ARTHUR BERKOWITZ, Rt 1, Box 534-D, La Canada, California.
EANDO BINDER, 136 Tenafly Road, Englewood, New Jersey.
MRS. IONE BLOODSWORTH, 976G Rosensteel Ave., Forest Glen, R. F. D., Silver Spring, Md.
CPL. WILLIAM J. EVANS, Det Med. Dept., U. S. Army.
MISS NELL G. FAHRION, 747 Pennsylvania Street, Denver 3, Colorado.
1ST. LT. MARTIN E. KOSKELA, Coast Artillery Corps, U. S. Army.
CLAYRE STRZELECKI LIPMAN, 220 Sausalito Blvd., Sausalito, California.
MICHEL LIPMAN, 220 Sausalito Blvd., Sausalito, California.
JOHN FIELD MULHOLLAND, Round Lake. Minnesota.


I WAS born in Polotsk, Russia, scene of much current war activity, on May 15, 1905, and was brought to this country at the age of 18 months.

I lived in New York City until the age of 14, attending the public schools there. My family then moved to Connecticut, first to Ansonia and then to New Haven.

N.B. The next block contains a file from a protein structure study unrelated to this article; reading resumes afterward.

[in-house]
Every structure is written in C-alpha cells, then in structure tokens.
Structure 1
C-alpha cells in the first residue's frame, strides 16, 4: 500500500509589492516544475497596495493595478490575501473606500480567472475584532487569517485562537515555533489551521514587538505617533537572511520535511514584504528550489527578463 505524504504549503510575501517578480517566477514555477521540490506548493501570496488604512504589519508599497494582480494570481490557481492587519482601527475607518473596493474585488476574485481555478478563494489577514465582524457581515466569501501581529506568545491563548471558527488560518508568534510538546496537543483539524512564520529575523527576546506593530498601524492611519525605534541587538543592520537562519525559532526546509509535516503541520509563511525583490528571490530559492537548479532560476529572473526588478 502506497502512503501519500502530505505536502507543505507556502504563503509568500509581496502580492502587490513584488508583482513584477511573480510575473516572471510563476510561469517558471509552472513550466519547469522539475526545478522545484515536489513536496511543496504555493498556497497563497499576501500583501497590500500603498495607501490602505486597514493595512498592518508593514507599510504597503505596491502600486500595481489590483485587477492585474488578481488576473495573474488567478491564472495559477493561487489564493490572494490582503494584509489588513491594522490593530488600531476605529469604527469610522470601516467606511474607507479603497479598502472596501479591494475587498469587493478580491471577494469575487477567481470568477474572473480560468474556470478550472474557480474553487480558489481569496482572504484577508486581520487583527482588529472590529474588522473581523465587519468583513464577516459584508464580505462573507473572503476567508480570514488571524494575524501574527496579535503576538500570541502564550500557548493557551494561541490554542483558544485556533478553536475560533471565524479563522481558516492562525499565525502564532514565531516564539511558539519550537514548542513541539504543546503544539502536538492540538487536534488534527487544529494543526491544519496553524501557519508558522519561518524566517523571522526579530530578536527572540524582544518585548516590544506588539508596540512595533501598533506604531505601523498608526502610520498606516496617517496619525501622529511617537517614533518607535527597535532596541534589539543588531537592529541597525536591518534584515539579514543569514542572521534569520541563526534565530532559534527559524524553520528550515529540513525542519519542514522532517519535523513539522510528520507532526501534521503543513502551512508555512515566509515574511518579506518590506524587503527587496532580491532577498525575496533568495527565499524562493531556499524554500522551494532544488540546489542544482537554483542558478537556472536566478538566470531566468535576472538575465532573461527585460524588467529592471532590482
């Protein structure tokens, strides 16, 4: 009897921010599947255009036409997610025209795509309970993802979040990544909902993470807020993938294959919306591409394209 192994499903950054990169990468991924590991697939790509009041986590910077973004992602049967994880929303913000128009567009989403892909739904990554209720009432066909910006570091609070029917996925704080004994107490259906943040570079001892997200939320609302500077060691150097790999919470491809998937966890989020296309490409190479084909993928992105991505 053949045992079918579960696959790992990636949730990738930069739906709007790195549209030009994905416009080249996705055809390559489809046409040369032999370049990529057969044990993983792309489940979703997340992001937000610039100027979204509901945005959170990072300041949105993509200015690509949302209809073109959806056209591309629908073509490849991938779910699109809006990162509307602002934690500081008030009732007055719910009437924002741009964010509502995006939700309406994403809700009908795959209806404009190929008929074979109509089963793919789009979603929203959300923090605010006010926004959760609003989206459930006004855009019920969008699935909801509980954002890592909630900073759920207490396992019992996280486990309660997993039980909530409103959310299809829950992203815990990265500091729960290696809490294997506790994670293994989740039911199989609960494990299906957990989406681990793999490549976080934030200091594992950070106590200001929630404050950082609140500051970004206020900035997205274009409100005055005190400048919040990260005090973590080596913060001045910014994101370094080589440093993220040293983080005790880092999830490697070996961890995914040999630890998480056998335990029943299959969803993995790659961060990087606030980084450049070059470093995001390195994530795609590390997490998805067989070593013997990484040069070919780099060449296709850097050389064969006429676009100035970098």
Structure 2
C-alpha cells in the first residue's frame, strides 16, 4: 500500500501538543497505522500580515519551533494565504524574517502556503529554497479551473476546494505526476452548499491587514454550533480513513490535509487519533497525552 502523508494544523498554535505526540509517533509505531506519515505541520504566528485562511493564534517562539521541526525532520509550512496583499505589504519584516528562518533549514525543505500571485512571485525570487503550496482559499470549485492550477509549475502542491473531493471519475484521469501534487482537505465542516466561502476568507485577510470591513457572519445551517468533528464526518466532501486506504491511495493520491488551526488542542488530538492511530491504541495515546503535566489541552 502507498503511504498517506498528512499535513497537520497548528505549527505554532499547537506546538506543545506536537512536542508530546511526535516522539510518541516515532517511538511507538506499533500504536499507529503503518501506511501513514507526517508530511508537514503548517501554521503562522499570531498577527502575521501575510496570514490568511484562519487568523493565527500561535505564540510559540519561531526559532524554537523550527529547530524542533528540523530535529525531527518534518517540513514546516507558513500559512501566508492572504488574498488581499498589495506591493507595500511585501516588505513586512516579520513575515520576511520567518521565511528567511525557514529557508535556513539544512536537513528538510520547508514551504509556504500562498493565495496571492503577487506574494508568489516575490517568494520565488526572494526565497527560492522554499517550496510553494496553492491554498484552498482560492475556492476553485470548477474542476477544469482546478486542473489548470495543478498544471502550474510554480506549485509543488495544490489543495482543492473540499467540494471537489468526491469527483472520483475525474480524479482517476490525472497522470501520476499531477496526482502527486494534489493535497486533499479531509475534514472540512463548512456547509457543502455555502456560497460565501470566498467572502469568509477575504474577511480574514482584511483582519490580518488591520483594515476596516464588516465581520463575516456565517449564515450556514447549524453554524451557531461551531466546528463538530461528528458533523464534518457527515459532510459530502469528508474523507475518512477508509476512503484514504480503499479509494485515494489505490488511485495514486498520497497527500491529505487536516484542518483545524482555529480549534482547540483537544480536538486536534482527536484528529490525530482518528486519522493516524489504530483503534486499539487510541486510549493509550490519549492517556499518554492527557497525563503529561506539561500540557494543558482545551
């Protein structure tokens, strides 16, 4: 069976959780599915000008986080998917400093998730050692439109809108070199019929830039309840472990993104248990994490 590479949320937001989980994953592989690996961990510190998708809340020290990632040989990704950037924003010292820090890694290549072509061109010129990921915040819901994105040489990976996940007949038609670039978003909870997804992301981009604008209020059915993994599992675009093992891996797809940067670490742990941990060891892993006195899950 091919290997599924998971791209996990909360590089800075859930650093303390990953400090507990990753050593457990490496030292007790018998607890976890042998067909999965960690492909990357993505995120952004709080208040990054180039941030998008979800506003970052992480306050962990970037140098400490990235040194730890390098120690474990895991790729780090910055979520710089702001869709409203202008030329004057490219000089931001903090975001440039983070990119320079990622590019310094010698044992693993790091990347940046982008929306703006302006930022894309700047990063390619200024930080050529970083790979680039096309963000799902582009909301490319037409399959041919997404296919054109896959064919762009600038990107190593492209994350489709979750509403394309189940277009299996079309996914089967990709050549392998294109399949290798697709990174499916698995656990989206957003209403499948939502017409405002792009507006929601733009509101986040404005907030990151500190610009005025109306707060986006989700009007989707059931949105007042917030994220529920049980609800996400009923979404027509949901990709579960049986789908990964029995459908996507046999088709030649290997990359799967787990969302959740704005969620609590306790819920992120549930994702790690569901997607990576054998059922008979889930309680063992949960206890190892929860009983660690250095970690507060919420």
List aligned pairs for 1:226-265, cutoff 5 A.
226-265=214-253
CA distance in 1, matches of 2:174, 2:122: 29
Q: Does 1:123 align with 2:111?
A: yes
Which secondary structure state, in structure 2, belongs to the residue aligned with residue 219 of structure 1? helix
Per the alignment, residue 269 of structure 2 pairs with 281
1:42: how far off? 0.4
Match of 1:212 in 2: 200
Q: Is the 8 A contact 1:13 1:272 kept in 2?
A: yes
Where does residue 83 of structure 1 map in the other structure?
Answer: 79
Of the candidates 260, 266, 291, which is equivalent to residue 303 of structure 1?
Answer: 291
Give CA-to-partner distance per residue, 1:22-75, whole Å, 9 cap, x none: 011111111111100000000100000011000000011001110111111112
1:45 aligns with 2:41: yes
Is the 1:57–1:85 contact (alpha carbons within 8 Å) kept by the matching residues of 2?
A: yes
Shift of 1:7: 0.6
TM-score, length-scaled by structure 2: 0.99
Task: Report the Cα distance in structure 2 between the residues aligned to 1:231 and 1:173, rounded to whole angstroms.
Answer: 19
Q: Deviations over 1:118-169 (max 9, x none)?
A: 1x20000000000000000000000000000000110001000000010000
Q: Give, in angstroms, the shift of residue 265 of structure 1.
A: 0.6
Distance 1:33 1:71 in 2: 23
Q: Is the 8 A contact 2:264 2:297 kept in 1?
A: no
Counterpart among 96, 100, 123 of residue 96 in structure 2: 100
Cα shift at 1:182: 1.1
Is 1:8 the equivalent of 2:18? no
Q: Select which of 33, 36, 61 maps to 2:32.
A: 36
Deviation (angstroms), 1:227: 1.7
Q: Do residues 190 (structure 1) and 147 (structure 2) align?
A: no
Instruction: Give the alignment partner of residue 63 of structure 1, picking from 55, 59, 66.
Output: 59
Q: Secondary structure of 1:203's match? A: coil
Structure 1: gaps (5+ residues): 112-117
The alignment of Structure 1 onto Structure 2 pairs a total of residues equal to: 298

I entered Yale University in 1920 at the age of 15 and received my B. S. degree in 1924, and my M. D. in 1927.

I interned a year in Wilmington, Delaware, and another year in New York City, and commenced practice in 1929 in New York, which has been my home ever since.

I am a member of numerous medical societies, am certified as a specialist in internal medicine and cardiology. I have had several hospital appointments and am cardiologist for the New York City Health Department.

I have published numerous medical articles in a number of scientific journals, but have hitherto never submitted any item of fiction.

I have been married for 15 years, have a daughter aged 13, who has literary ambitions, and a son aged 8, who aspires to the practice of medicine.

I have been reading your magazine intermittently for the past 15 years.—M. Friedenson, Capt. M. C.